Ben: What I like most is the uniqueness of each day and the relationships that we build, not only with our customers but also with our employees.
   Jeff: We really don’t see our employees as employees as much as we see them as co-workers.

With the company growing at such a fast rate, do you have time to have fun and bond with your employees?

    Jeff: All of the time! In fact, we probably do it to a fault. Whether it’s cookouts, going to the rodeo, hunting trips, concerts, parties at the office, or the soccer game we had last weekend in the yard, we do our best to build and maintain the morale within the different facets of the operations side.

With so much work to do, and so much fun to be had in the office, what do you do when you have time outside of the office?
 I have a wife and three kids, and Ben has a wife and two kids, so most of our time outside of work is spent with our families, whether it is baseball or basketball or coaching. That’s what the bulk of our time is spent on. That’s why we’re doing what we’re doing anyway. As far as clear-the-mind-get-away kind of stuff, Ben and I both like to hunt, and Ben spends a lot of time in the outdoors.
    Ben: My family is the same as Jeff’s; when we get off of work, I don’t have many things to do that don’t include my family. It revolves around whatever they are involved in. I spend a lot of time in the outdoors with my two kids and teaching them that aspect of it as well as being involved in their sports activities.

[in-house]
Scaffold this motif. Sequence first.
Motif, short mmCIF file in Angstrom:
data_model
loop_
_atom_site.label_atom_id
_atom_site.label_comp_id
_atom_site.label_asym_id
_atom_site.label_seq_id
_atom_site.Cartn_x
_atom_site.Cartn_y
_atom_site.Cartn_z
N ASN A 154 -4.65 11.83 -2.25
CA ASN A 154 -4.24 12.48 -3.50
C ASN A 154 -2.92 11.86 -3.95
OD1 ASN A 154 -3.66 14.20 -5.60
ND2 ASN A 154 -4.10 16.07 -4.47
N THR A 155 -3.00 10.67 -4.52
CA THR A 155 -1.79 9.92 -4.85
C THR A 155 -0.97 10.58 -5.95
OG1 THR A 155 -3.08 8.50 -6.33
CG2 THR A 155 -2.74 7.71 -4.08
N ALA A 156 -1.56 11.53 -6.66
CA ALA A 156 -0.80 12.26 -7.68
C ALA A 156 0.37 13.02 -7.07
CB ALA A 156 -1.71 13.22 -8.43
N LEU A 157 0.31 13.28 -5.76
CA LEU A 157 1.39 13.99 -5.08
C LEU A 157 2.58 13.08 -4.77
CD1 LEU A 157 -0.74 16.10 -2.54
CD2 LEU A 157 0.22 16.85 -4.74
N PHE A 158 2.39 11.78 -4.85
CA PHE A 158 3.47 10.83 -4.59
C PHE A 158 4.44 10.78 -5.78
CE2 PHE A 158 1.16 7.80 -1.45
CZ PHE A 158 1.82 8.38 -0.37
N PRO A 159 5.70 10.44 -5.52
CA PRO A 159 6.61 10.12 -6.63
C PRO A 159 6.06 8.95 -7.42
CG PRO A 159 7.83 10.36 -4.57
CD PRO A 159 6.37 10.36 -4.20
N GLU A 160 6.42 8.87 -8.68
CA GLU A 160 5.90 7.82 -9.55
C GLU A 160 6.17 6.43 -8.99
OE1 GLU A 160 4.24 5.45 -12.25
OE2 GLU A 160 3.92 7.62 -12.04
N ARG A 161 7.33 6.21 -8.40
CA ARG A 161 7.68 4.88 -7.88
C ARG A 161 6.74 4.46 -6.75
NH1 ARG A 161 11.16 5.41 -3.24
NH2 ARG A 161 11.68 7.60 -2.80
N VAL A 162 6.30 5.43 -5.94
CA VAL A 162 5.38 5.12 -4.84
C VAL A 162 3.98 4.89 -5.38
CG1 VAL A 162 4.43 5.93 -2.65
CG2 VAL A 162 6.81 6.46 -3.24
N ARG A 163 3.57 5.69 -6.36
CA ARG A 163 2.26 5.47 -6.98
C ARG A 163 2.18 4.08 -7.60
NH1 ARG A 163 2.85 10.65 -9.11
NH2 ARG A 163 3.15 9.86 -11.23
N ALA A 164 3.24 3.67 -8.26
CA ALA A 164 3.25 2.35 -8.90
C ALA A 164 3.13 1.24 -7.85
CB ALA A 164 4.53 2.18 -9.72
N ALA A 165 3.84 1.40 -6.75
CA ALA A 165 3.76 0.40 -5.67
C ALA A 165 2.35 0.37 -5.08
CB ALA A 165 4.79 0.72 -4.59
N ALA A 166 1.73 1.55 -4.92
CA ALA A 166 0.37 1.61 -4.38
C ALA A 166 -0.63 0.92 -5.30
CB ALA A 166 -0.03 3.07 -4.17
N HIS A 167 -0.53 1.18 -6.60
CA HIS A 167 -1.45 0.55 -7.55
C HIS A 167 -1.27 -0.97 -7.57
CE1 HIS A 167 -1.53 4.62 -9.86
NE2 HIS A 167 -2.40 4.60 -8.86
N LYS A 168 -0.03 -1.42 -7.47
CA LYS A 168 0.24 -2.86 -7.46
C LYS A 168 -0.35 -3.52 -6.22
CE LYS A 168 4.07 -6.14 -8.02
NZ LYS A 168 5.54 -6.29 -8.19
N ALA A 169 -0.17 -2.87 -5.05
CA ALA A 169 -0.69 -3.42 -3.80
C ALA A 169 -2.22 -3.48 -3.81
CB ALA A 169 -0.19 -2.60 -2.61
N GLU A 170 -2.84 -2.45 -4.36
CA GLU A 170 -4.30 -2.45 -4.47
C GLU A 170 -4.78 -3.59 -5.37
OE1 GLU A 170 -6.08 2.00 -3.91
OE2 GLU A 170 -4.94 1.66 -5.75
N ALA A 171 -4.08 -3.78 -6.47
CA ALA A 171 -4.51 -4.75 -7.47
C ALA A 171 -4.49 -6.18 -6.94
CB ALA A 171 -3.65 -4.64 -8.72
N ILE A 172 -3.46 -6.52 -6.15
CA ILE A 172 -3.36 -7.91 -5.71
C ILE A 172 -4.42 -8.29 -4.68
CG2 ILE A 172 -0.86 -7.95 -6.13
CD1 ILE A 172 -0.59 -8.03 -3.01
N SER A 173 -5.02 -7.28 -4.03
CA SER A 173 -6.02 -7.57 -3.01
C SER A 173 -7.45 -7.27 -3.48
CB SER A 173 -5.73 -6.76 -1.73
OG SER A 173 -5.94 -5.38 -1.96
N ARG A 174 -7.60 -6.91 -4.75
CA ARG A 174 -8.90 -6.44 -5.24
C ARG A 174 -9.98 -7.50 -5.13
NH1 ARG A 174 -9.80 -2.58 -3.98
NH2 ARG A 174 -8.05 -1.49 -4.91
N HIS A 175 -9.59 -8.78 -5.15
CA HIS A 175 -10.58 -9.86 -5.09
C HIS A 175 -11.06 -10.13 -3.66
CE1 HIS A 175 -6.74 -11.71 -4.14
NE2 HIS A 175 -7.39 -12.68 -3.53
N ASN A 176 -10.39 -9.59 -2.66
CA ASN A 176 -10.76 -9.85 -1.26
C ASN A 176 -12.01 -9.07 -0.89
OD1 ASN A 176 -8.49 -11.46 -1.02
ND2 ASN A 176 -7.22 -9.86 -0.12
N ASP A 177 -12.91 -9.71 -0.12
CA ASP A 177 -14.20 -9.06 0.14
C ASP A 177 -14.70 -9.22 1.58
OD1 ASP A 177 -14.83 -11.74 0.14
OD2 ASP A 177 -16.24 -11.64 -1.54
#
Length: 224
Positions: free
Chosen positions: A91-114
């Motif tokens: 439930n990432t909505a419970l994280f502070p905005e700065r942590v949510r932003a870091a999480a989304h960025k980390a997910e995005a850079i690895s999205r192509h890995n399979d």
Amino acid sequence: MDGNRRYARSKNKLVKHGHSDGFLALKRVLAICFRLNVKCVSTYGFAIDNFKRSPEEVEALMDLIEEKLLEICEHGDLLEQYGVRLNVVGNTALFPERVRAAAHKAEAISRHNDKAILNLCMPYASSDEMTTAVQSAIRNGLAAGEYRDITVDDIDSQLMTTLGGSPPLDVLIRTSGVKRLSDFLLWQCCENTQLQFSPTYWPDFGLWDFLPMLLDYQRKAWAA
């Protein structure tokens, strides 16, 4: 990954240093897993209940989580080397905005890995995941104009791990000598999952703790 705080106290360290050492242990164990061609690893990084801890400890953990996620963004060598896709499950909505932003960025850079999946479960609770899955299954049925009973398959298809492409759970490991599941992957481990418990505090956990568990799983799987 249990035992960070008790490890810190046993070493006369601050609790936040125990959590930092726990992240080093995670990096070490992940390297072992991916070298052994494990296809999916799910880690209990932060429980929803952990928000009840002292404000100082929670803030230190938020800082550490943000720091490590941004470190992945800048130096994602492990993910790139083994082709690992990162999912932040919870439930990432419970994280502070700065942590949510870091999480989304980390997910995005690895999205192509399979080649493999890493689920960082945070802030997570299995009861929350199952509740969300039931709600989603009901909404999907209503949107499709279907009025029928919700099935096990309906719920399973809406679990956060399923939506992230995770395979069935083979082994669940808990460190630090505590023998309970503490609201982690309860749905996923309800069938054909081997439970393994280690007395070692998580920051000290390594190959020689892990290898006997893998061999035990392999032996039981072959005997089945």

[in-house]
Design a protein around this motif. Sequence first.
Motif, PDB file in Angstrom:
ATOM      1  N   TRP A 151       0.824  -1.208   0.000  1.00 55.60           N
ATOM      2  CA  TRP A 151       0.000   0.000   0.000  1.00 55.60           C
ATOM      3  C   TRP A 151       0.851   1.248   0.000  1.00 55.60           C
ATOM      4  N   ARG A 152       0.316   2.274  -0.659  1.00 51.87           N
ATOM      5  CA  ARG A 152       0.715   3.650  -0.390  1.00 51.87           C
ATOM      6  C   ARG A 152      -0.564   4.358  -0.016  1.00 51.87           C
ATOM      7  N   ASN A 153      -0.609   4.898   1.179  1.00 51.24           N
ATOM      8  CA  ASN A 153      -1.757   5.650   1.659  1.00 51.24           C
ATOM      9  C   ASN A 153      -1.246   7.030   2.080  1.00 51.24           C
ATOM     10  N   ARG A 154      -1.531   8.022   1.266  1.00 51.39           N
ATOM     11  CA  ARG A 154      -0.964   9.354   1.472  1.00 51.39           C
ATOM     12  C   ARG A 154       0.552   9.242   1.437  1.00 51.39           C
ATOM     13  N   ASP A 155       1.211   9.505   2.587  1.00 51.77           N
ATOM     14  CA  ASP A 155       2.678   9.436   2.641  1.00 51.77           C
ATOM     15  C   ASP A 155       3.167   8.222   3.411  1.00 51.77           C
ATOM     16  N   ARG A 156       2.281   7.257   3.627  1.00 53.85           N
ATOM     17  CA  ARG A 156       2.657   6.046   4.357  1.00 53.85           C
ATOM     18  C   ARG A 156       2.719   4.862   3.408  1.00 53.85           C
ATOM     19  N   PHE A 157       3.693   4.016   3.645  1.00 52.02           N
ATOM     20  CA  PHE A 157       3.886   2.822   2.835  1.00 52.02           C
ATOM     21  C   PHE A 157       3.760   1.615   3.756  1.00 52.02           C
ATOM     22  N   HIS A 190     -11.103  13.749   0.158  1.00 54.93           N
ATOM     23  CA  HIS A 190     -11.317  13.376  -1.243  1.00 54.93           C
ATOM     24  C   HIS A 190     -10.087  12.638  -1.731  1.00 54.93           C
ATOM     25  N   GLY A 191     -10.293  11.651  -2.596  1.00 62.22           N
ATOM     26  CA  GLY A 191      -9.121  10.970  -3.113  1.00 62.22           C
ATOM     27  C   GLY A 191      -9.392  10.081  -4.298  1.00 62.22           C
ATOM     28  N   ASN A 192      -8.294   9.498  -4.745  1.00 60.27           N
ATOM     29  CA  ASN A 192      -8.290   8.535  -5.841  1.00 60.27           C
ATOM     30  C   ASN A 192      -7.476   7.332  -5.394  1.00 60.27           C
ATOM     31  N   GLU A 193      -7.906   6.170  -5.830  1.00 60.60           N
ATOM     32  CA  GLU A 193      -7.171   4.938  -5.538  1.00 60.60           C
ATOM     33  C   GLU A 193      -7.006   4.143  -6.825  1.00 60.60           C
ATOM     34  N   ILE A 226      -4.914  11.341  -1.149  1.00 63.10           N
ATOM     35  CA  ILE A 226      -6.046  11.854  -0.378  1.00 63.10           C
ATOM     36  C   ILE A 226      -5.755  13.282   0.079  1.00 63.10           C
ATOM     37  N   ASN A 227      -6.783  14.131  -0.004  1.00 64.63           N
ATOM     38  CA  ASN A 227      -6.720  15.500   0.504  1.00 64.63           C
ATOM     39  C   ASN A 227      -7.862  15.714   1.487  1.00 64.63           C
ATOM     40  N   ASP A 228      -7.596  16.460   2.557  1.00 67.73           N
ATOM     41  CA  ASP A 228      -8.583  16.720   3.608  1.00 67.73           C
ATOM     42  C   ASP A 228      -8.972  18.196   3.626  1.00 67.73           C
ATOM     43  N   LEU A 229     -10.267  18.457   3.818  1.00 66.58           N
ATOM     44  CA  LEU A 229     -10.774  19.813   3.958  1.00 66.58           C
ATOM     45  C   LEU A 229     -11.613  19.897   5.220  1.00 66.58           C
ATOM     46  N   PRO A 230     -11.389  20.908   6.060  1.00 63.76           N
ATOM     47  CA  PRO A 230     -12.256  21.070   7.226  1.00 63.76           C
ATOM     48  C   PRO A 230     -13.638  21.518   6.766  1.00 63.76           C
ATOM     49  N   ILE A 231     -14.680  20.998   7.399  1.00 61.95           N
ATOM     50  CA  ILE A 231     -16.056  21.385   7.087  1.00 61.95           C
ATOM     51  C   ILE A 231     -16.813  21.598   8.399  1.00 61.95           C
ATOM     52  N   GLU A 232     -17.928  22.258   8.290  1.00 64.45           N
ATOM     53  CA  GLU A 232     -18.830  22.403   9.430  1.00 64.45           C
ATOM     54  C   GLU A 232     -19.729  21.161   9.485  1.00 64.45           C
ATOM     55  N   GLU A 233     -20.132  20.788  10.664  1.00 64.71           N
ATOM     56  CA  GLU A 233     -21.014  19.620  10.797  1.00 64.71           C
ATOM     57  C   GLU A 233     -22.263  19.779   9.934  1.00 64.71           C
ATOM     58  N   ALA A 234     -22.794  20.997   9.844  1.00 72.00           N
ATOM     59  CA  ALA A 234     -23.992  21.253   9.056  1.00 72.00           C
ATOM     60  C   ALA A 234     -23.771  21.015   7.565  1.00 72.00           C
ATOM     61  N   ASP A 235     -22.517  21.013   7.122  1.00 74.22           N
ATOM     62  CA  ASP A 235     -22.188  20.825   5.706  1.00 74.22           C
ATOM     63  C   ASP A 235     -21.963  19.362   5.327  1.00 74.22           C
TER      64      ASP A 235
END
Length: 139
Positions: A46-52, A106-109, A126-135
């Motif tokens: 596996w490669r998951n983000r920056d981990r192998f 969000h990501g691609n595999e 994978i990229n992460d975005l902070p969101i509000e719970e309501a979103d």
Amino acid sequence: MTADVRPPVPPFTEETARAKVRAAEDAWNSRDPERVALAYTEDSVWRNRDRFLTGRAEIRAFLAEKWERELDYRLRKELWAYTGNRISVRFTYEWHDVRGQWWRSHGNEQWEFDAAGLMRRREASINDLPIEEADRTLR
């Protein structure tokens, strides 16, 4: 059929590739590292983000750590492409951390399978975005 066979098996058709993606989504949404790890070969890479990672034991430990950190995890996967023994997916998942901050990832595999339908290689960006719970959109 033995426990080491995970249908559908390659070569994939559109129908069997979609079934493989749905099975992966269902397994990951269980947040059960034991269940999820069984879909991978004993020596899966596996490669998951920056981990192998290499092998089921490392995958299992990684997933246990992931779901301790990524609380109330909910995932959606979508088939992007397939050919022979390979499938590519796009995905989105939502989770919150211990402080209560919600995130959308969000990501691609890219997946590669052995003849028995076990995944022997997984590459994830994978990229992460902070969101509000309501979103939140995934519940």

What is your goal for Site Barricades?
   Jeff: The goal is to build something sustainable that is going to be around for a long time and for generations, for our kids and for our employees’ kids. We want to create a family-type environment where we treat this as a true family business, outside of just Ben and me, as something that is going to be around for a long time.
    Ben: We want to create an environment and a place to employ families. We have 25-30 employees; that is 30 families that we care about, and with the average family being three people, that is 90-100 people that we are trying to feed through this. We want to be able to do it more and continue to get better. It keeps us feeling like we need to do the work, and it elimin-ates the complacency.

Do you have exciting news to share about Site Barricades?
    Jeff: On Feb. 20, we are one of three finalists for “Small Business of the Year” for the city of Fort Worth. After only three-and-a-half years in business, we weren’t anticipating that. It’s a big deal, and we’re really excited about it!
Site Barricades in Fort Worth is a full-service traffic control and barricade company. –mjm

Author Info

Credit to Construction News
Melissa Jones-Meyer –